Debt needs to be dealt with

December 24, 2009 | Last updated on December 24, 2009
4 min read

According to the Bank of Canada, Canadians currently have a $1.42 of debt for every dollar of income they earn. Now, you may worry momentarily that this might apply to your clients, but then you tell yourself, “Everything is fine; I don’t deal with the sort of people that report is about.” The fact is, you likely have clients with growing debt problems.

Wealth resides in about the top 3% of our population in Canada. Advisors can’t possibly only service that top 3% or there would be a lot fewer of us.

Earlier this year a physician client of mine told me he was once presented with a study showing that 95% of doctors are influenced in some way by pharmaceutical companies. Apparently, every doctor that was asked if they were influenced by the pharmaceutical companies said, of course they weren’t. Then with the report showing that indeed 95% of doctors were, every doctor then declared that they must be part of that rare 5%.

Are you telling yourself, like those doctors, that your practice is part of that figurative 5%? Are you convinced that the Bank of Canada is talking about all the other people’s clients? If you don’t routinely visit your clients’ financial behavior toward debt, you’ll never know to what extent your book of business is exposed to the brewing storm of Canadian debt.

I believe in advisors. I think with the right tools we can change this Canadian debt disaster. We need to make it okay for clients to admit to us that they could use some guidance when it comes to debt and spending. We are probably the most dominant influence to the financial behavior of Canadians, but we aren’t always harnessing that power when it comes to the other side of the balance sheet.

So if I’m going to point out a flaw in the system — a flaw so massive in magnitude that Mark Carney says it poses one of the biggest risks to our financial system — I’ve got to offer some solutions.

I think more advisors need a plan to talk to clients about debt. For my part, I’ve got a few suggestions of my own.

Send a letter After running it by compliance, you might want to send a friendly email or letter to clients. .If you have a lot of clients, you might want to segment by age, as your younger clients are more likely to have the biggest issues with debt. I suggest you simply open up the conversation by slipping in a copy of one of many articles written about the Bank of Canada’s recent warnings on Canadian debt-levels.

Simply tell your clients that debt may or may not be an issue for them, but that any improvement in efficiency of paying off debt drastically affects their financial plan. You can invite them to make an appointment to see if you might be able to help. If you don’t think you are ready to help in this area yet, consider pulling in some resources — a mortgage broker or another debt management professional you know may give you valuable additional insight in managing debt.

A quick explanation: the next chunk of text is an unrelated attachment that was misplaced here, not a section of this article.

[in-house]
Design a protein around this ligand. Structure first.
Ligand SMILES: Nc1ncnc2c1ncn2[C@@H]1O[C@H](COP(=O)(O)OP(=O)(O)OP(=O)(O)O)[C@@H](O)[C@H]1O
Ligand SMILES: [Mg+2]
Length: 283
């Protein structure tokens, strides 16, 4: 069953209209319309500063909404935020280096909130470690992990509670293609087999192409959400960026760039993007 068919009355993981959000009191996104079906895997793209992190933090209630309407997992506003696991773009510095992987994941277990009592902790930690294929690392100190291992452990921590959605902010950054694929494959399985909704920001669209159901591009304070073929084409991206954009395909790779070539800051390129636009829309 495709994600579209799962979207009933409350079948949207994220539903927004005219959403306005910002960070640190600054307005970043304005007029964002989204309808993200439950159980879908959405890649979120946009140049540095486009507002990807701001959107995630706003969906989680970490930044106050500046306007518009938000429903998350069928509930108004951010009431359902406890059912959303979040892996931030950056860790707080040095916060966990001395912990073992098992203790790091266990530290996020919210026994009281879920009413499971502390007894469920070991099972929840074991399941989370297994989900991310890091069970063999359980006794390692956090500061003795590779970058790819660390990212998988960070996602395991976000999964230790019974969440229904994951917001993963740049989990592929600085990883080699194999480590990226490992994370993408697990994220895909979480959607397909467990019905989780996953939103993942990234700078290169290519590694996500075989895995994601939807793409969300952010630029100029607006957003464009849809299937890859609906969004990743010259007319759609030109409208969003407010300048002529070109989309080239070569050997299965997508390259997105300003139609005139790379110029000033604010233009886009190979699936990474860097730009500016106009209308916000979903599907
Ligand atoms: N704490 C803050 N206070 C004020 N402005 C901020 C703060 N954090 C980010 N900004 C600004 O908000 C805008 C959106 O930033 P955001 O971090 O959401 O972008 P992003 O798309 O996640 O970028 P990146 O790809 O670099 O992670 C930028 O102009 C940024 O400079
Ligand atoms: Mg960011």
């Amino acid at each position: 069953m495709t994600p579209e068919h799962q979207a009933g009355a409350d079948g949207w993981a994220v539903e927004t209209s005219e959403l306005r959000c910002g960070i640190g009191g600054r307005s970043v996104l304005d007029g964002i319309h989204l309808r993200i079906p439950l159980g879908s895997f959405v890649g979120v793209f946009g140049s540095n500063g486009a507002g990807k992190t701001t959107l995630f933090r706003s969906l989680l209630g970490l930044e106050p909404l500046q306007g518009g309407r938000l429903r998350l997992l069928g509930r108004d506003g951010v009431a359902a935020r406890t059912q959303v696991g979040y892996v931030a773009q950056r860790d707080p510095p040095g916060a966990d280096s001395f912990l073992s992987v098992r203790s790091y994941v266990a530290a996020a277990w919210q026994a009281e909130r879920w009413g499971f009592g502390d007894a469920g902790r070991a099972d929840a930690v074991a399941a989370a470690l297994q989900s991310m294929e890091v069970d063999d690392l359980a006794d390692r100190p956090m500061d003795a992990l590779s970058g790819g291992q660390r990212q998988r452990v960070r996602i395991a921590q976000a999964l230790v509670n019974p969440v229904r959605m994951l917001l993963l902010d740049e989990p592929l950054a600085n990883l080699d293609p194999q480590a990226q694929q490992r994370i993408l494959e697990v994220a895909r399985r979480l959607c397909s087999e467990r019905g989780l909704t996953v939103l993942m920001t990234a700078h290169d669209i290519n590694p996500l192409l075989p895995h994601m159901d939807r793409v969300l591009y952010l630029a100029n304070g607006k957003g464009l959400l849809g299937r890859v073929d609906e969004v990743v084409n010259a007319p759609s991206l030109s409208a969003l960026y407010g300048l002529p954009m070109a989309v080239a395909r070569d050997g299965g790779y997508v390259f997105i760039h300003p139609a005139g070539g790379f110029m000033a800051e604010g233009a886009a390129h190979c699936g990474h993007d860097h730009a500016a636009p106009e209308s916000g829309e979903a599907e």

Managing mortgage debt When helping a client conceptualize a mortgage, you need to make them understand that today’s low interest rates should be viewed as an opportunity to get more principal paid off &3151; it should not be viewed as way to carry a lower payment.

Unfortunately, clients tend to sign a 5-year mortgage, think of that 4% they are paying today and in their minds eye push it out to the lifetime of the mortgage. They often overlook the fact that at the end of that term they are fully exposed to whatever the interest conditions of that time are.

Clients should be reminded that when their mortgage renews five years down the road, the rates could be anywhere and that what will really matter is the balance they owe at that point in time. If you need help illustrating this, there is a lot of software online that can give a reasonably accurate estimate of their balance at the end of their first term.

Personally, I like all-in-one line of credit type mortgages. They work well, but you must give the client a financial plan to get the most out of them. If you have a client that really wants a fixed rate, advise them to calculate what the payment on their mortgage would be, say, at 6% or 6.5%, then recommend to the client they get the best rate of the day, but commit to making payments as if the mortgage were at that higher rate.

This does two things. One, it gets the mortgage balance down much faster, so whatever the interest rates are at renewal they won’t be devastating. Two, it allows the client to get used to carrying their mortgage payments at higher rates.

Debt discussions are not to be feared Let your clients know that you are not there to judge; you are there to help. Debt can and often does affect a client’s financial plan as significantly as asset growth.

Not every advisor will want to discuss debt, but those who do might just become more than an advisor to their clients. They might become the advisor to their clients. So I challenge you, before this day is out, talk to your clients about their debt.

Stephanie Holmes-Winton is a Halifax based advisor who focuses on both sides of the balance sheet. Stephanie can be reached at or